After the emergence of cinema in Iran and establishing film studios, some of those studios discovered the important role of dubbing in box-office gross. Therefore, they started to import foreign films and attempted to dub them. The competition between the studios in dubbing films led to the improvement of dubbing quality in the 60s’ films. Along with augmenting the movie gross, the process of dubbing aimed to make changes in films to make them screenable. This functionality of dubbing is explained thoroughly in “the Role of Persian Speech in Movie Gross: the Development of Dubbing Studios,” by Ahmad Zhirafar.
In “We Were Looking at a Poster of Uncle Joseph When Someone Offered a McDonald Hamburger,” Siavash Razmand takes “A Look at Iranian Cinema and Music during the Cold War,” and their mostly vernacular themes, from the World War until the Islamic Revolution. He aims to clarify whether Cold War or international political arguments, had a direct influence on Iranian 20th-century art. Iranian art more than being international was based on a national platform for domestic presentations, in which, one could find traces of Xenophobia.
The last three articles focus on music. “Jazz in Iran,” being a summary of an article by G. J. Breyley, demonstrates the importance of this genre of music in connection to the west, as well as themes, such as modernizations, the concept of freedom, socializing through cooperation or co-working, identification with those being suppressed all around the world, and finally, with a sort of national and cultural expression, he studies the importance of Jazz through the combination of Iranian and regional music. In this article, Jazz in Iran is studied in three distinct historical periods: from 1925 to 1953, from 1953 until the Islamic Revolution, and the early years after the revolution.
The starting point of the historical process of the transformation of western classical music in Iran being of great importance, Nicky Mirzayans wrote a summary of professor Badmagrian’s memories of the true date of the first symphonic concert in Iran. Badmagrian recounts memories of Tabriz concert, his efforts to have a concert in Tehran, difficulties he encountered in receiving official permission for Armenian songs, gathering together a group of players in economical hardship, sold-out tickets, the crowded hall, and finally, his success in the concert. His concert in Tehran was done with almost 80 players on the stage and the presence of important figures in the audience. In this concert, he played two tracks from national Iranian music that were well-received by the audience.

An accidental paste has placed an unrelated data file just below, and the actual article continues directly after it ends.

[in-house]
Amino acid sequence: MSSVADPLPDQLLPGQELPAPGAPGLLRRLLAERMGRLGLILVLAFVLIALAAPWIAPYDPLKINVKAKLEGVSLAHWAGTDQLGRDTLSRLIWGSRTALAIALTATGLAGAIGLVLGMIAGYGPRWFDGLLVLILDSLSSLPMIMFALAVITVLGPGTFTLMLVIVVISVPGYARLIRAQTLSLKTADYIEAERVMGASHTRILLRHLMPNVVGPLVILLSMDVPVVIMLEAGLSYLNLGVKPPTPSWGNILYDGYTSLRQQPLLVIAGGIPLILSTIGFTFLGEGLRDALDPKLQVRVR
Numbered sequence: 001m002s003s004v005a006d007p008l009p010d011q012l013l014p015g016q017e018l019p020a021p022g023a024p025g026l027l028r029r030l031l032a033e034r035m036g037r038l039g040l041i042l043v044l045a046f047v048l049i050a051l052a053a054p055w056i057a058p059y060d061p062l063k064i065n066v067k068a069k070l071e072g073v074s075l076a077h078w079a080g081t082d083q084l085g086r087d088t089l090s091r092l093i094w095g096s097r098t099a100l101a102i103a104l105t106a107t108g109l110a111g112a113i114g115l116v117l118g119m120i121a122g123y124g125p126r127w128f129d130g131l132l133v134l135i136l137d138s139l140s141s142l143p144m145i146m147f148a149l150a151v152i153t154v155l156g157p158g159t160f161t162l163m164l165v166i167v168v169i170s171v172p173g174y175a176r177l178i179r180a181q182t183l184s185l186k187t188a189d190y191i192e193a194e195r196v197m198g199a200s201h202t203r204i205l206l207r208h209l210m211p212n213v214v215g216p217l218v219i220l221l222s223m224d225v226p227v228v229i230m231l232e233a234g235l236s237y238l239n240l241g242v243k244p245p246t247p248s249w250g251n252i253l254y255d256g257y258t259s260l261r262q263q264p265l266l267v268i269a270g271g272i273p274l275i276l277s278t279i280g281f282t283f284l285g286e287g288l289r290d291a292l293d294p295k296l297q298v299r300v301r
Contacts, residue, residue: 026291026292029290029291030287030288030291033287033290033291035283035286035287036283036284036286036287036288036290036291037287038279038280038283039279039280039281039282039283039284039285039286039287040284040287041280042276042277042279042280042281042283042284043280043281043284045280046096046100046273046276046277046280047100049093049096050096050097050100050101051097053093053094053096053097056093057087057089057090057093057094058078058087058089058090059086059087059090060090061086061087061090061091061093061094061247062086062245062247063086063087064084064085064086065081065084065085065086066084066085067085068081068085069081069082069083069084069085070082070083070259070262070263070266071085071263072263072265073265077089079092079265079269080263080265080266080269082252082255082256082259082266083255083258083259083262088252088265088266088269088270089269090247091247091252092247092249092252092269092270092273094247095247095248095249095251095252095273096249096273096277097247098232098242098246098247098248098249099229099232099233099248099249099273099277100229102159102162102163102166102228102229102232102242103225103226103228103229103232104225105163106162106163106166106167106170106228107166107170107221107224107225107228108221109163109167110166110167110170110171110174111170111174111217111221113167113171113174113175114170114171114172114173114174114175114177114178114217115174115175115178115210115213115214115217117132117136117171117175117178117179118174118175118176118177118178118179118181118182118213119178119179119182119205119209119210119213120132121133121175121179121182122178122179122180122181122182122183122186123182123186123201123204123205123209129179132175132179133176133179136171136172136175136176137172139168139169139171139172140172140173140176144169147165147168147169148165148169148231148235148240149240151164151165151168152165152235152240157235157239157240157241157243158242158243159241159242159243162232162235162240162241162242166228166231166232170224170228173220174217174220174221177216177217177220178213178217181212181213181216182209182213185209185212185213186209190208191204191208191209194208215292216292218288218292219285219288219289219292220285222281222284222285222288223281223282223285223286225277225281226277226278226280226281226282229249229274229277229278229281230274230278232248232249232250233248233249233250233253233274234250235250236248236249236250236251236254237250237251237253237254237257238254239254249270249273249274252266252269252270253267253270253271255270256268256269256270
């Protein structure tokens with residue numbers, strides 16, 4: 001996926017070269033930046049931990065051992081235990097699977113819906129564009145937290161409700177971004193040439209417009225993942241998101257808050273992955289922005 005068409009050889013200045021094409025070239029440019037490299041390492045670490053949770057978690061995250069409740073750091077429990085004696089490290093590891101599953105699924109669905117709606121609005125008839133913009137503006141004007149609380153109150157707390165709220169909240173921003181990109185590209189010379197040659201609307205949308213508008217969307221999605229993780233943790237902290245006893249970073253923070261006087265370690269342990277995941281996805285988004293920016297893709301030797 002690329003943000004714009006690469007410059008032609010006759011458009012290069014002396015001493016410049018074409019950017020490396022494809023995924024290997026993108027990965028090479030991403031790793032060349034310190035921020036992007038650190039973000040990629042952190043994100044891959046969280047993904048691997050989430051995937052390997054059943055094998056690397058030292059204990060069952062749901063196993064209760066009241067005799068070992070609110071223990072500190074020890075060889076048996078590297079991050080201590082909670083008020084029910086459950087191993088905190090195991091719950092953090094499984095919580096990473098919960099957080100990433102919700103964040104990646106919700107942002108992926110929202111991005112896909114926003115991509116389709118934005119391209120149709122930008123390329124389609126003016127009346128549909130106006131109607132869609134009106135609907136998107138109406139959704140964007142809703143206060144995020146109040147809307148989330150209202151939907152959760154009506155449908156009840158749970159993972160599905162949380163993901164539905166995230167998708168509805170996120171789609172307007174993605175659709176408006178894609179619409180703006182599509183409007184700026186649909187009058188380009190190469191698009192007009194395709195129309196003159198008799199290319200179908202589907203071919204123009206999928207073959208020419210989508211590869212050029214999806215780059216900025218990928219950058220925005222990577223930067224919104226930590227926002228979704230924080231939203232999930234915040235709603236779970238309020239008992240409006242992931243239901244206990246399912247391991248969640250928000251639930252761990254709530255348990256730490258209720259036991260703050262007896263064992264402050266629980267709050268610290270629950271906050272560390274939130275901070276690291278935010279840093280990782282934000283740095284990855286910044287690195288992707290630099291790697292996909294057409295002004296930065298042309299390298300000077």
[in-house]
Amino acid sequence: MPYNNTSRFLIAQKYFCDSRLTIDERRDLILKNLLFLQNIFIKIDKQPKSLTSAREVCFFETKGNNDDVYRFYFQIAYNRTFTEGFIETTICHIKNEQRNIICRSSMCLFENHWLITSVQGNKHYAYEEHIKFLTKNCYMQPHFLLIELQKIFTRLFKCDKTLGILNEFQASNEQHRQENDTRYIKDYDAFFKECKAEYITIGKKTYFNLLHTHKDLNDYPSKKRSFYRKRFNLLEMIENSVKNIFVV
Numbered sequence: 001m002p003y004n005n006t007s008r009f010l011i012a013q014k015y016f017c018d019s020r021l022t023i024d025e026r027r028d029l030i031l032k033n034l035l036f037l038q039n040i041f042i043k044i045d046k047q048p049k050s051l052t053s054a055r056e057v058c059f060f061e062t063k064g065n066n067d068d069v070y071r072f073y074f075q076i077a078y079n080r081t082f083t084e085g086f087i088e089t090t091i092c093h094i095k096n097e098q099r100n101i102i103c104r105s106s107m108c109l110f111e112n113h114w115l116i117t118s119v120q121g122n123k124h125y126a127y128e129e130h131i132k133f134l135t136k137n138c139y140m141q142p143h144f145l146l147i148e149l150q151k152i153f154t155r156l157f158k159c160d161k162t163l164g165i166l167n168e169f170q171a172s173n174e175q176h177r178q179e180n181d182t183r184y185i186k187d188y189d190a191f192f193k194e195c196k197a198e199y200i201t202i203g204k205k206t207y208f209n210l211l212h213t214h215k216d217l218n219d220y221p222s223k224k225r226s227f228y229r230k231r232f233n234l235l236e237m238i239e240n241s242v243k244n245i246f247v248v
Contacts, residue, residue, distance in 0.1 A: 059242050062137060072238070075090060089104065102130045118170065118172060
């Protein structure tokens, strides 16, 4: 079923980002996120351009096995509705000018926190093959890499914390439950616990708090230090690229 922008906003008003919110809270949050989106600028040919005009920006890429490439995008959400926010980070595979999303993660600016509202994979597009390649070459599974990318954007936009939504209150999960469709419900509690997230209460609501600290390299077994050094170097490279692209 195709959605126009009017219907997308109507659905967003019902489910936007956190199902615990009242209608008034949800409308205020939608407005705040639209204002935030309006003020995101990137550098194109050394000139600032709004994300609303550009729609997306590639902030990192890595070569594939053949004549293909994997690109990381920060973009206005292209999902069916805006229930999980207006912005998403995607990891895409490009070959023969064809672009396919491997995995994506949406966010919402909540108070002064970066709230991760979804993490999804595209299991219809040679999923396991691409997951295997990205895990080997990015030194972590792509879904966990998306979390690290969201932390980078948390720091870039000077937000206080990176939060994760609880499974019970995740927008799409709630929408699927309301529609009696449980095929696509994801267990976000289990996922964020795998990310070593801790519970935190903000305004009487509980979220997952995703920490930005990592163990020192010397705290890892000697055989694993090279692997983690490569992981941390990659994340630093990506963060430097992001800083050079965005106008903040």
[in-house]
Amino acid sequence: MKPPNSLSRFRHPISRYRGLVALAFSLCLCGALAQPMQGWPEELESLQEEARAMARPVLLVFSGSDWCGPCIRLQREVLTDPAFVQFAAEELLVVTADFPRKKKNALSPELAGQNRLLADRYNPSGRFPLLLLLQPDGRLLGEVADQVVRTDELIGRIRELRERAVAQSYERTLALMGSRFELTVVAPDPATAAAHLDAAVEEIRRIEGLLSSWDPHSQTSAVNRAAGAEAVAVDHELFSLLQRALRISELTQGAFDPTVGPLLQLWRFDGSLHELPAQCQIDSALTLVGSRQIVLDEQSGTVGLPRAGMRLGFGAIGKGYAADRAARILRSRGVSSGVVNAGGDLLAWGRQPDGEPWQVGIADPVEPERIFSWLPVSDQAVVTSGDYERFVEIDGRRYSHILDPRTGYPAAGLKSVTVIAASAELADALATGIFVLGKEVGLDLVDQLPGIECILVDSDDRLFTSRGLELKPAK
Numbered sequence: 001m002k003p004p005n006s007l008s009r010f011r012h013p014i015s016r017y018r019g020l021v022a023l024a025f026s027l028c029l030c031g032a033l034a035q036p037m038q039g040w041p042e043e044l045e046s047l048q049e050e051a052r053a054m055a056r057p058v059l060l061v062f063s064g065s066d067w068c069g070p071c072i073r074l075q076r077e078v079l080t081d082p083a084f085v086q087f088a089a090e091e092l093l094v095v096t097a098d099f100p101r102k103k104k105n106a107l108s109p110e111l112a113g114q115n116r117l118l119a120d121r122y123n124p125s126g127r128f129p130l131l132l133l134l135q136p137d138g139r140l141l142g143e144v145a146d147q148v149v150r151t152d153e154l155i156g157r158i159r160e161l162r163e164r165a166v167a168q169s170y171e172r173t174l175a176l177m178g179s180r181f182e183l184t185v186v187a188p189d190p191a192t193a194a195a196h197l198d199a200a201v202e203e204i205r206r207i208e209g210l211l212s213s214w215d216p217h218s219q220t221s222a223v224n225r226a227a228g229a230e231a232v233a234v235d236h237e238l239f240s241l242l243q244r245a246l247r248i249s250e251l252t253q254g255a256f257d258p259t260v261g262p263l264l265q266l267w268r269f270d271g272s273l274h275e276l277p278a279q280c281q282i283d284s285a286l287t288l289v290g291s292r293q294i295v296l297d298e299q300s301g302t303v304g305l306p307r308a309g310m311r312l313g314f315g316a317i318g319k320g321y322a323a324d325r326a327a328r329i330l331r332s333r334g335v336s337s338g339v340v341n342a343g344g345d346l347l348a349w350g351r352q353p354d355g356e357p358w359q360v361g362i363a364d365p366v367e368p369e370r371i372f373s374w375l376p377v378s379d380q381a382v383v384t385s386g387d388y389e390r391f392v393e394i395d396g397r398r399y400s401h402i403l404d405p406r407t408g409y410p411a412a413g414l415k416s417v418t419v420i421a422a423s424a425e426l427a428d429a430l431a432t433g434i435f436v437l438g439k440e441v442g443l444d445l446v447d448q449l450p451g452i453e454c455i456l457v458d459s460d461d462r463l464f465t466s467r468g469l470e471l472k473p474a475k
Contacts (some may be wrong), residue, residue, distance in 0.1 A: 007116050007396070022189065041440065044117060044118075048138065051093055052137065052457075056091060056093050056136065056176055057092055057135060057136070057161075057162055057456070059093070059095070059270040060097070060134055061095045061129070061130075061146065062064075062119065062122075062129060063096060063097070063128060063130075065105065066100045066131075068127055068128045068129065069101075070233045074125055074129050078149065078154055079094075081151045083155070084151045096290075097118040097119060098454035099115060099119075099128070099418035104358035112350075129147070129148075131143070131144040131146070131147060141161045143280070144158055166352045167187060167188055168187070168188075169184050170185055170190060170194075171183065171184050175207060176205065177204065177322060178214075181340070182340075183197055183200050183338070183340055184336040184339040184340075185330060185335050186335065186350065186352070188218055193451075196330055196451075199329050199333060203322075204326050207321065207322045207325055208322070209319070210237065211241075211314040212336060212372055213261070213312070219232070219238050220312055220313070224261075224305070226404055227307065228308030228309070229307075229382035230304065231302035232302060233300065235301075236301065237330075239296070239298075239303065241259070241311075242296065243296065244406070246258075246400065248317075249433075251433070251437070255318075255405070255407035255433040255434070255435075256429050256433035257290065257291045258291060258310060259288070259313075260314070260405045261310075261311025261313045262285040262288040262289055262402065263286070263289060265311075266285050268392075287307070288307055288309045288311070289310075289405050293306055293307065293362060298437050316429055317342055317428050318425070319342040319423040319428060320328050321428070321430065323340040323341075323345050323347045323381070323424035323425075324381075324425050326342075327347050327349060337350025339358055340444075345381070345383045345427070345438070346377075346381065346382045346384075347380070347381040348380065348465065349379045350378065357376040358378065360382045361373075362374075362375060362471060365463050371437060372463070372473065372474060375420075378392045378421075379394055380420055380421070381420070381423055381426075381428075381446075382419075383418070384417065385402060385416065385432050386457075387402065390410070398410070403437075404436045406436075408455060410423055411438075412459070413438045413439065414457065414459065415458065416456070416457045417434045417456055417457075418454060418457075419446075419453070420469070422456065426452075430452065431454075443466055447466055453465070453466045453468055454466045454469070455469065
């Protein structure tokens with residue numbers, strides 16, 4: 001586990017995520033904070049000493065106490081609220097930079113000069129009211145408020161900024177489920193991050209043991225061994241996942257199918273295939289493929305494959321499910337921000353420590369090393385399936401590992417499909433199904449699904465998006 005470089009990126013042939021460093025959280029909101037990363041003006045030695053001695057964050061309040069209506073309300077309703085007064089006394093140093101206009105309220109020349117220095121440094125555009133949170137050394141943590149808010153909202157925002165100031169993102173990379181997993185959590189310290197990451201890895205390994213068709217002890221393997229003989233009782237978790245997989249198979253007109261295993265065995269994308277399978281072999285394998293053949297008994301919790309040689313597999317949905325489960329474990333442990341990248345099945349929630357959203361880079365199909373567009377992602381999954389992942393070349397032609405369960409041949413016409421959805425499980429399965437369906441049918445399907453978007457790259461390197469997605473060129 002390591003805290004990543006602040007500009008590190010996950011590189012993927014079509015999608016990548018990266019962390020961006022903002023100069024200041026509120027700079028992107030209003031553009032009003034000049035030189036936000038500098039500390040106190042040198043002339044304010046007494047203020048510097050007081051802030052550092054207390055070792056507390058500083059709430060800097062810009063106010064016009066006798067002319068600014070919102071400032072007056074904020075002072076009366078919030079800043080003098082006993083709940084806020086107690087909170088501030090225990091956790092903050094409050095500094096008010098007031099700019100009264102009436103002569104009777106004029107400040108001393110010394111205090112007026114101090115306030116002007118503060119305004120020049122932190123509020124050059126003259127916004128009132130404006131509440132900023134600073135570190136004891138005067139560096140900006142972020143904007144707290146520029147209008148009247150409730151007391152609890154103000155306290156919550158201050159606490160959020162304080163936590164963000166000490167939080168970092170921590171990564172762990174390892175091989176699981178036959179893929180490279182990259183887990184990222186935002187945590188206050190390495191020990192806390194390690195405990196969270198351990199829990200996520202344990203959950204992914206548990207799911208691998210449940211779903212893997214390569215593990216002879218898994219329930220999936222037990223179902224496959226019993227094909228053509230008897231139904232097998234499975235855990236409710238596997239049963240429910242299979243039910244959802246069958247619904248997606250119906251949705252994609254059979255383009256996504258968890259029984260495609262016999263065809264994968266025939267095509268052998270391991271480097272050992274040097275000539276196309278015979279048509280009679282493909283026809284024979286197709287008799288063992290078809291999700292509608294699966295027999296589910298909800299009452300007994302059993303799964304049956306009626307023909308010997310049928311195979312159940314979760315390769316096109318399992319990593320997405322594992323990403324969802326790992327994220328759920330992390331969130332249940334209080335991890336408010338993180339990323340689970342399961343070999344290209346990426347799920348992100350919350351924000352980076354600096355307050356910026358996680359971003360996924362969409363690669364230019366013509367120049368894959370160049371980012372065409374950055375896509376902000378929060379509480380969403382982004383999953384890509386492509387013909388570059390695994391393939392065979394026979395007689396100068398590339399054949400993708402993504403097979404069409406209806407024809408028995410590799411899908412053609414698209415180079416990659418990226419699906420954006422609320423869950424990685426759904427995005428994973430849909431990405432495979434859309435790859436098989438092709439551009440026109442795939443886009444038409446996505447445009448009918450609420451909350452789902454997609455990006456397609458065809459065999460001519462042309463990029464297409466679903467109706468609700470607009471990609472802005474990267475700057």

In the end, there is a conversation with Alireza Miralinaghi on “the Influence of Cold War and Russia on Iranian Music.” The discussion starts with the 1940s and how ballet performances and classical Russian music influenced Iranian music. Miralinaghi describes the first Pahlavi dictatorship that, with the establishment of the Organization of Intellectual Development, controlled the publication of the poems and prose of the time. With the fall of suppressing organizations, the Tudeh Party gains power. In continue, Miralinaghi describes the works of Parviz Mahmood, who held music classes at the VOKS. He also points out the importance of the establishment of the Iran-Poland Cultural Society in the 1950s and how the cultural societies’ approaches changed. At the end of this conversation, he discusses the emergence of Pop music in Iran, from the second half of the first Pahlavi’s reign until the 90s.
“Opposing Imperialism” is a modern political concept that changed the Socialist and Communist discourses in Iran and is carved in the depth of Iranian’s historical consciousness. In “the Conceptual Turn of Anti-imperialism Struggles in Iran after the coup d’etat: from Marxism to Third Wordism,” Amir Kianpour starts the historical narration of anti-imperialism from the 1953 coup d’etat against Mosadegh’s government and Shah’s White Revolution. With their seemingly same intention, anti-imperialist and anti-capitalist ideas were torn apart and ultimately, a sort of anti-imperialist discourse became dominant that was no longer founded on social antagonism and class divisions and led to cultural, identity, and Islamic theories, such as works of Al-Ahmad or Back to Self by Shariati. The very same discourse continued after the Islamic Revolution in an anti-American approach.